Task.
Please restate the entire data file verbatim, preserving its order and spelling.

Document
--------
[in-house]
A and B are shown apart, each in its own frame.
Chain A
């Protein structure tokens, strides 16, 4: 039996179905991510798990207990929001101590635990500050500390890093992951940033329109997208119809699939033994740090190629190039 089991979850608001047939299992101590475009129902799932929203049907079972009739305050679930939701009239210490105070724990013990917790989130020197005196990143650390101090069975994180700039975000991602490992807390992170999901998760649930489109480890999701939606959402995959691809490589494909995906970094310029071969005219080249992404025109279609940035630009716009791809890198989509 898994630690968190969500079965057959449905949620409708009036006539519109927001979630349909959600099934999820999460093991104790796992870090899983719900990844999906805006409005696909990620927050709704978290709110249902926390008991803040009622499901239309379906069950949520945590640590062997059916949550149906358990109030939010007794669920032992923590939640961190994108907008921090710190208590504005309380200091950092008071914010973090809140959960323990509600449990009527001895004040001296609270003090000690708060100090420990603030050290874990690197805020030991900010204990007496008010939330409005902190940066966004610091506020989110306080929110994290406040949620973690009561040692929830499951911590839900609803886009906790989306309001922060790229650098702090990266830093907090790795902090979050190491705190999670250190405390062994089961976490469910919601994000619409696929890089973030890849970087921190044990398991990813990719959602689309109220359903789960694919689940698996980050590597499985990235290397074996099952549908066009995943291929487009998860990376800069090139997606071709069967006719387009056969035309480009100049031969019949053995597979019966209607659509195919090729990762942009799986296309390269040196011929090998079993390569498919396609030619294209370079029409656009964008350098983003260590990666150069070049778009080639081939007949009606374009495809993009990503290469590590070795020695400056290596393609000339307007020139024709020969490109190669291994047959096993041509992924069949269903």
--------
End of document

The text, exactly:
[in-house]
A and B are shown apart, each in its own frame.
Chain A
């Protein structure tokens, strides 16, 4: 039996179905991510798990207990929001101590635990500050500390890093992951940033329109997208119809699939033994740090190629190039 089991979850608001047939299992101590475009129902799932929203049907079972009739305050679930939701009239210490105070724990013990917790989130020197005196990143650390101090069975994180700039975000991602490992807390992170999901998760649930489109480890999701939606959402995959691809490589494909995906970094310029071969005219080249992404025109279609940035630009716009791809890198989509 898994630690968190969500079965057959449905949620409708009036006539519109927001979630349909959600099934999820999460093991104790796992870090899983719900990844999906805006409005696909990620927050709704978290709110249902926390008991803040009622499901239309379906069950949520945590640590062997059916949550149906358990109030939010007794669920032992923590939640961190994108907008921090710190208590504005309380200091950092008071914010973090809140959960323990509600449990009527001895004040001296609270003090000690708060100090420990603030050290874990690197805020030991900010204990007496008010939330409005902190940066966004610091506020989110306080929110994290406040949620973690009561040692929830499951911590839900609803886009906790989306309001922060790229650098702090990266830093907090790795902090979050190491705190999670250190405390062994089961976490469910919601994000619409696929890089973030890849970087921190044990398991990813990719959602689309109220359903789960694919689940698996980050590597499985990235290397074996099952549908066009995943291929487009998860990376800069090139997606071709069967006719387009056969035309480009100049031969019949053995597979019966209607659509195919090729990762942009799986296309390269040196011929090998079993390569498919396609030619294209370079029409656009964008350098983003260590990666150069070049778009080639081939007949009606374009495809993009990503290469590590070795020695400056290596393609000339307007020139024709020969490109190669291994047959096993041509992924069949269903």